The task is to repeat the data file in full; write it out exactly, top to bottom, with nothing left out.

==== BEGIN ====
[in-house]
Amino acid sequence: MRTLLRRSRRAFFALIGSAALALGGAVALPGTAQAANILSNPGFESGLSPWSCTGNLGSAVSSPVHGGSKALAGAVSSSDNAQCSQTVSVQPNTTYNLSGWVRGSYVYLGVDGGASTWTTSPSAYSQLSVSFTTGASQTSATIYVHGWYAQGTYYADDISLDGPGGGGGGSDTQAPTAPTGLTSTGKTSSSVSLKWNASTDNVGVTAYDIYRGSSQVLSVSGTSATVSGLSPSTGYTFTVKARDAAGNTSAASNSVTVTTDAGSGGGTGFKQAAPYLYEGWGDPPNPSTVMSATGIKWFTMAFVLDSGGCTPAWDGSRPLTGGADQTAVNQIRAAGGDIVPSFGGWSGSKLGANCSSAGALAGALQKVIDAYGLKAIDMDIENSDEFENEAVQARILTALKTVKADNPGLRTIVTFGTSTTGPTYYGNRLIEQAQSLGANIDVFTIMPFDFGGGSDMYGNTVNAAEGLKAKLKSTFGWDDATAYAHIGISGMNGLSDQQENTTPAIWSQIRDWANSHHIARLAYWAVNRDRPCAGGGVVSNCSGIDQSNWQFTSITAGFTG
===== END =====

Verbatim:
[in-house]
Amino acid sequence: MRTLLRRSRRAFFALIGSAALALGGAVALPGTAQAANILSNPGFESGLSPWSCTGNLGSAVSSPVHGGSKALAGAVSSSDNAQCSQTVSVQPNTTYNLSGWVRGSYVYLGVDGGASTWTTSPSAYSQLSVSFTTGASQTSATIYVHGWYAQGTYYADDISLDGPGGGGGGSDTQAPTAPTGLTSTGKTSSSVSLKWNASTDNVGVTAYDIYRGSSQVLSVSGTSATVSGLSPSTGYTFTVKARDAAGNTSAASNSVTVTTDAGSGGGTGFKQAAPYLYEGWGDPPNPSTVMSATGIKWFTMAFVLDSGGCTPAWDGSRPLTGGADQTAVNQIRAAGGDIVPSFGGWSGSKLGANCSSAGALAGALQKVIDAYGLKAIDMDIENSDEFENEAVQARILTALKTVKADNPGLRTIVTFGTSTTGPTYYGNRLIEQAQSLGANIDVFTIMPFDFGGGSDMYGNTVNAAEGLKAKLKSTFGWDDATAYAHIGISGMNGLSDQQENTTPAIWSQIRDWANSHHIARLAYWAVNRDRPCAGGGVVSNCSGIDQSNWQFTSITAGFTG